44. B. K. Verma
44. B. K. Verma
I am highly grateful to you for sending to me the views of Dr. Godbole on the recent efforts of some Hindu organisations at bringing Muslims into Indian mainstream by preaching equal respect for every religion. But the exercise is futile and will only weaken the structure of the nation.
Instead, we must give serious thought to the ailments which are bedevilling the nation. Why even after so much accommodation of almost every demand, reasonable or unreasonable, Muslims make a show of disaffection and dissatisfaction? What is wrong with our approach? Why there is non-assimilation of Muslims in the Indian ethos? Particularly when the breed of Indian Muslims is of indigenous origin.
We cannot approach these questions without going into the particular mindset of Muslims and the absolute tenets of Islam. Muslim fundamentalism has acquired an added belligerence all over the world after the new-found power of petro-dollars. This is the reason why the civilized world has condoned open acts of barbarism, terrorism, murder and inhuman acts committed by Muslims. Confinement of 50 odd diplomatic personnel of the USA in Iran by Khomeini, burning to death of 300 people who had committed the crime of watching a cinema show in Iran during Ramzan, covert and overt support to terrorists by Libya, are a few of the many instances of flagrant violation of the norms of civilized behaviour.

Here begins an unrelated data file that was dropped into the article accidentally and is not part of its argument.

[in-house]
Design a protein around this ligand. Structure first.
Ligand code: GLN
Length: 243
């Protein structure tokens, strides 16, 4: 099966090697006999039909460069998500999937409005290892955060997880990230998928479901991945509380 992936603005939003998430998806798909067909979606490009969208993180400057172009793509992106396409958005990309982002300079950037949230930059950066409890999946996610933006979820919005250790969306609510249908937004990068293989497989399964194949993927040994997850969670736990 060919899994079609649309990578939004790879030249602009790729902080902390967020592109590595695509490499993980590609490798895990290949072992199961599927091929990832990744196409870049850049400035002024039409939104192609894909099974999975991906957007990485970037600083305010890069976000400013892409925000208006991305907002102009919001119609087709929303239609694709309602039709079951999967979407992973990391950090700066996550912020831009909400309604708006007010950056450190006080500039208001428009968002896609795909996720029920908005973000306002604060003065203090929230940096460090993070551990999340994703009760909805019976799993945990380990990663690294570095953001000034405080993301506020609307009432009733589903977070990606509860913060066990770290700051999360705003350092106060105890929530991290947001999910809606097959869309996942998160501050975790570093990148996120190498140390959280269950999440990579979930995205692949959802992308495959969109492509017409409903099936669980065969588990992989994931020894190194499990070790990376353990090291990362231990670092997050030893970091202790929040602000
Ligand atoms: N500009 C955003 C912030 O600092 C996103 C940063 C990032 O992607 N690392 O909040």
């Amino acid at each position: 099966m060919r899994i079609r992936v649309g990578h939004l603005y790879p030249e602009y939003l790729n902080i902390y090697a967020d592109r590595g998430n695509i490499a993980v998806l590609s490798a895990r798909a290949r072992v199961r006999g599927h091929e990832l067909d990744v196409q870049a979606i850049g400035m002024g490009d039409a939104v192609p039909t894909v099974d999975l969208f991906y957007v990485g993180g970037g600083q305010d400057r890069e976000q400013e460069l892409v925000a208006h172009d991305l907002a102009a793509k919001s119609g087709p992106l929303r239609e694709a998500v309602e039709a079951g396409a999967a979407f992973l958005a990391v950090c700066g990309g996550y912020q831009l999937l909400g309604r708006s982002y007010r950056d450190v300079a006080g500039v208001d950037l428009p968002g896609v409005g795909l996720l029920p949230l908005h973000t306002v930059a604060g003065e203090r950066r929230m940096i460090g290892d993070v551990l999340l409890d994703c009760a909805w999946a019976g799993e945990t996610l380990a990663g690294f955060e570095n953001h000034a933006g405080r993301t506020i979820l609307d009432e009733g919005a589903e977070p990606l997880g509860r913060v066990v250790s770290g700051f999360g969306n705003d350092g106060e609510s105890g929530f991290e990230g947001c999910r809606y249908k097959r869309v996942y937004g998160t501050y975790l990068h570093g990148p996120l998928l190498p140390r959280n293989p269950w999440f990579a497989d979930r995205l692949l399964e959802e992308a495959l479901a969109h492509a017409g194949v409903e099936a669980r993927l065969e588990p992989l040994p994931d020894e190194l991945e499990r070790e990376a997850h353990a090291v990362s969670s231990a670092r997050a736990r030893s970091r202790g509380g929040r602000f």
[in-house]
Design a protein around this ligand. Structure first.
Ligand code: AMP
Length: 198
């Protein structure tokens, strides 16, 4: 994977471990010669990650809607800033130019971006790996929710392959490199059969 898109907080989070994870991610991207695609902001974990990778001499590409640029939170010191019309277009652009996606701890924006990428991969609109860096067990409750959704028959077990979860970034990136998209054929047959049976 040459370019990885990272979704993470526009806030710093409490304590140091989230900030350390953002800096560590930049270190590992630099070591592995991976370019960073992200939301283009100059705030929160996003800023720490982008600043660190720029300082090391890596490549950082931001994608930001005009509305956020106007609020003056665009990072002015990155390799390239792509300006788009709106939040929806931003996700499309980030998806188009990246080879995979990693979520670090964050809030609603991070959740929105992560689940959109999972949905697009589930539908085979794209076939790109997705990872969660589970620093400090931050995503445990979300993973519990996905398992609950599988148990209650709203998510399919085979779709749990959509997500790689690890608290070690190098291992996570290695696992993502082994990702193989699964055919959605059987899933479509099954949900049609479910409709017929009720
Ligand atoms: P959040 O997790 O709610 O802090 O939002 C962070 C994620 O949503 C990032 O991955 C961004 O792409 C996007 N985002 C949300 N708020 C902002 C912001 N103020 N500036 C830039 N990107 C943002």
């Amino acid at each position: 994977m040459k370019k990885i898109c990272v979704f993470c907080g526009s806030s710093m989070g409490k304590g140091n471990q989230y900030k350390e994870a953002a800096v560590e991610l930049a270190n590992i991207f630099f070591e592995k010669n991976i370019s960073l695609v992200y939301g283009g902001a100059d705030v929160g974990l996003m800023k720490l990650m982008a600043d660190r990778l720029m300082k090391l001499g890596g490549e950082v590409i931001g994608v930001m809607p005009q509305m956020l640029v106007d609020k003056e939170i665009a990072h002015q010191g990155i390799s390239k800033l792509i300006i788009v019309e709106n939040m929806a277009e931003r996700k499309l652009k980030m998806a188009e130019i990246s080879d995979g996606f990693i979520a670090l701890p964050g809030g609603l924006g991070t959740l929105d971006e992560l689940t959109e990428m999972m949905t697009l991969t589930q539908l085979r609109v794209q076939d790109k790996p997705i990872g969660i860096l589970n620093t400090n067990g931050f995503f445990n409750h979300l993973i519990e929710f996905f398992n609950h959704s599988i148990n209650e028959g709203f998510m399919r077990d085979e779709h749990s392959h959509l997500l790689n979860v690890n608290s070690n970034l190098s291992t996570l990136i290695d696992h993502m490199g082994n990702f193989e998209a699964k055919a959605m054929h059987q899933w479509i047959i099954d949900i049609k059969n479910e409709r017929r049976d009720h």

Dr. Godbole is absolutely right in saying that Islam is exclusivist. There is nothing like a liberal Muslim. Islam does not allow for any relaxation in its fundamental doctrines and its adherents fanatically insist on the observance of every tenet supposed to have been handed over by Mohammad or the Ulema following him. The same cannot be said of Hindu religion. Unlike a rigid rock pillar, it has swayed with every gust of wind and every breeze like a shoot of grass whenever new ideas came its way. In the process, it gets updated and renewed. You can interpret this flexibility as its weakness or as its strength according to your own viewpoint.